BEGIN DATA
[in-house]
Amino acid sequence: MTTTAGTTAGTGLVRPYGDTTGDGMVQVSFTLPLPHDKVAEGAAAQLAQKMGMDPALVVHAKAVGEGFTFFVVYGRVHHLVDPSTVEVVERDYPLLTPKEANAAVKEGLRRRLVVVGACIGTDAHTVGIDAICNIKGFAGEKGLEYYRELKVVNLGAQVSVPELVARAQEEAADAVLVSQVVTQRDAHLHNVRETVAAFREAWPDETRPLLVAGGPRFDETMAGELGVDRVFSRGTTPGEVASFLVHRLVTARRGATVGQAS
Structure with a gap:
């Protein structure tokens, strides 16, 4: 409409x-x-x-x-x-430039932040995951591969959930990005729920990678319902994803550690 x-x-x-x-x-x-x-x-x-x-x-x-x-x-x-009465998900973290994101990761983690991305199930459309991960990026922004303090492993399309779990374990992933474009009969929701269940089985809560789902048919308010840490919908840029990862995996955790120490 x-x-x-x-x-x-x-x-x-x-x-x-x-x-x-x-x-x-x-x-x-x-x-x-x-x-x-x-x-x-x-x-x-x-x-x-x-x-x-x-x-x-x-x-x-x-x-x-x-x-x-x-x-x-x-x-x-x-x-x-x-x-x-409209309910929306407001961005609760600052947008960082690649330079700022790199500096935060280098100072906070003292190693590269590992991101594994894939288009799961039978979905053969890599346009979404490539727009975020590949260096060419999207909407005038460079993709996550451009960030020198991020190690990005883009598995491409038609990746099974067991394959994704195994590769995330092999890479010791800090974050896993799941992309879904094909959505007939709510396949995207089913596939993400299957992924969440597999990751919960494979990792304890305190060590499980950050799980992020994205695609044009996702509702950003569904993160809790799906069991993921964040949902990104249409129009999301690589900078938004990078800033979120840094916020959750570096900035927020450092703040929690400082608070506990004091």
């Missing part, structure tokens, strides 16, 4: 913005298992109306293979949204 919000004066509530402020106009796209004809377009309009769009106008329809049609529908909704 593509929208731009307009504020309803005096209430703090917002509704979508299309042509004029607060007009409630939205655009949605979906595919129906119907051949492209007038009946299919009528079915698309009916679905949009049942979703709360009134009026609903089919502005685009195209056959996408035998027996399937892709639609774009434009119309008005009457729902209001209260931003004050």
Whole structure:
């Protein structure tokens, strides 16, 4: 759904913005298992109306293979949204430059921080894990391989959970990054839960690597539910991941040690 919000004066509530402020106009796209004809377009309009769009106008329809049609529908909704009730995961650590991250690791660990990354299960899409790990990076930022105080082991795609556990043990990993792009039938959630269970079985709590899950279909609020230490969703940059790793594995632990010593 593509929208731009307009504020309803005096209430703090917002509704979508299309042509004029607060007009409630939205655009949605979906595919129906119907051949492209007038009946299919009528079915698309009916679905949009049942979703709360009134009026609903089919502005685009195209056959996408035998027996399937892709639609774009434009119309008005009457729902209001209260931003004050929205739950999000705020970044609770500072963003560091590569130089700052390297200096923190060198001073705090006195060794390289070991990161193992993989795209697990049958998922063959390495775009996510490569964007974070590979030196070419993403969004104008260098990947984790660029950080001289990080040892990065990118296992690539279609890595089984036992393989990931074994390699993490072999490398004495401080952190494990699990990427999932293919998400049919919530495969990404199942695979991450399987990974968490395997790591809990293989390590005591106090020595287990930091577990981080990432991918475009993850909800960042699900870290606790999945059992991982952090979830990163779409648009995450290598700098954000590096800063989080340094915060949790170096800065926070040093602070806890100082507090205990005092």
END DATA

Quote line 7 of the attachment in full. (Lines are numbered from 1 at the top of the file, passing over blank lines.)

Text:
């Protein structure tokens, strides 16, 4: 759904913005298992109306293979949204430059921080894990391989959970990054839960690597539910991941040690 919000004066509530402020106009796209004809377009309009769009106008329809049609529908909704009730995961650590991250690791660990990354299960899409790990990076930022105080082991795609556990043990990993792009039938959630269970079985709590899950279909609020230490969703940059790793594995632990010593 593509929208731009307009504020309803005096209430703090917002509704979508299309042509004029607060007009409630939205655009949605979906595919129906119907051949492209007038009946299919009528079915698309009916679905949009049942979703709360009134009026609903089919502005685009195209056959996408035998027996399937892709639609774009434009119309008005009457729902209001209260931003004050929205739950999000705020970044609770500072963003560091590569130089700052390297200096923190060198001073705090006195060794390289070991990161193992993989795209697990049958998922063959390495775009996510490569964007974070590979030196070419993403969004104008260098990947984790660029950080001289990080040892990065990118296992690539279609890595089984036992393989990931074994390699993490072999490398004495401080952190494990699990990427999932293919998400049919919530495969990404199942695979991450399987990974968490395997790591809990293989390590005591106090020595287990930091577990981080990432991918475009993850909800960042699900870290606790999945059992991982952090979830990163779409648009995450290598700098954000590096800063989080340094915060949790170096800065926070040093602070806890100082507090205990005092």